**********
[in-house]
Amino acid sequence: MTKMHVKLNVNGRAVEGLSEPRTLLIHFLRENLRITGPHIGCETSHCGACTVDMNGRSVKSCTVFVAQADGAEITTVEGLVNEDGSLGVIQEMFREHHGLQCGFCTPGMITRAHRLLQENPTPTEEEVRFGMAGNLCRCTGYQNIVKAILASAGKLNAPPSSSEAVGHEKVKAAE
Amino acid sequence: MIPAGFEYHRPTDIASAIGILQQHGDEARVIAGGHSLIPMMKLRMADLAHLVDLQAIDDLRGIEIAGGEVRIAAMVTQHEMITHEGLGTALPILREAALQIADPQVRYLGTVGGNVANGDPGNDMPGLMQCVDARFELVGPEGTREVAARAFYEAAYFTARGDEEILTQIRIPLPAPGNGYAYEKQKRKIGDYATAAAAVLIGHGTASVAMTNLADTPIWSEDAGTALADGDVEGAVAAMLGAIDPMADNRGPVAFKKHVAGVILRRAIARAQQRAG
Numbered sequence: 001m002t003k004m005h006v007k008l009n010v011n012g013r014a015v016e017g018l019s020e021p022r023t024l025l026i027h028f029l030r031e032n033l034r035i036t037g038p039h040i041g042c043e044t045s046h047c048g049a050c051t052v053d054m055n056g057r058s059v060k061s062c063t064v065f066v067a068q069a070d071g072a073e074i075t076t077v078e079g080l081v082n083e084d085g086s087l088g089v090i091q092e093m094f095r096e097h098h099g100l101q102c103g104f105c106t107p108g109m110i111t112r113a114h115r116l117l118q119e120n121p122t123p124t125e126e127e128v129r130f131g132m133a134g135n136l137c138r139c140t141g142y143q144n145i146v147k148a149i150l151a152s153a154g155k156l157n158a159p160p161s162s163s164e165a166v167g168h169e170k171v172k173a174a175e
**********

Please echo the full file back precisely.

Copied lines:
[in-house]
Amino acid sequence: MTKMHVKLNVNGRAVEGLSEPRTLLIHFLRENLRITGPHIGCETSHCGACTVDMNGRSVKSCTVFVAQADGAEITTVEGLVNEDGSLGVIQEMFREHHGLQCGFCTPGMITRAHRLLQENPTPTEEEVRFGMAGNLCRCTGYQNIVKAILASAGKLNAPPSSSEAVGHEKVKAAE
Amino acid sequence: MIPAGFEYHRPTDIASAIGILQQHGDEARVIAGGHSLIPMMKLRMADLAHLVDLQAIDDLRGIEIAGGEVRIAAMVTQHEMITHEGLGTALPILREAALQIADPQVRYLGTVGGNVANGDPGNDMPGLMQCVDARFELVGPEGTREVAARAFYEAAYFTARGDEEILTQIRIPLPAPGNGYAYEKQKRKIGDYATAAAAVLIGHGTASVAMTNLADTPIWSEDAGTALADGDVEGAVAAMLGAIDPMADNRGPVAFKKHVAGVILRRAIARAQQRAG
Numbered sequence: 001m002t003k004m005h006v007k008l009n010v011n012g013r014a015v016e017g018l019s020e021p022r023t024l025l026i027h028f029l030r031e032n033l034r035i036t037g038p039h040i041g042c043e044t045s046h047c048g049a050c051t052v053d054m055n056g057r058s059v060k061s062c063t064v065f066v067a068q069a070d071g072a073e074i075t076t077v078e079g080l081v082n083e084d085g086s087l088g089v090i091q092e093m094f095r096e097h098h099g100l101q102c103g104f105c106t107p108g109m110i111t112r113a114h115r116l117l118q119e120n121p122t123p124t125e126e127e128v129r130f131g132m133a134g135n136l137c138r139c140t141g142y143q144n145i146v147k148a149i150l151a152s153a154g155k156l157n158a159p160p161s162s163s164e165a166v167g168h169e170k171v172k173a174a175e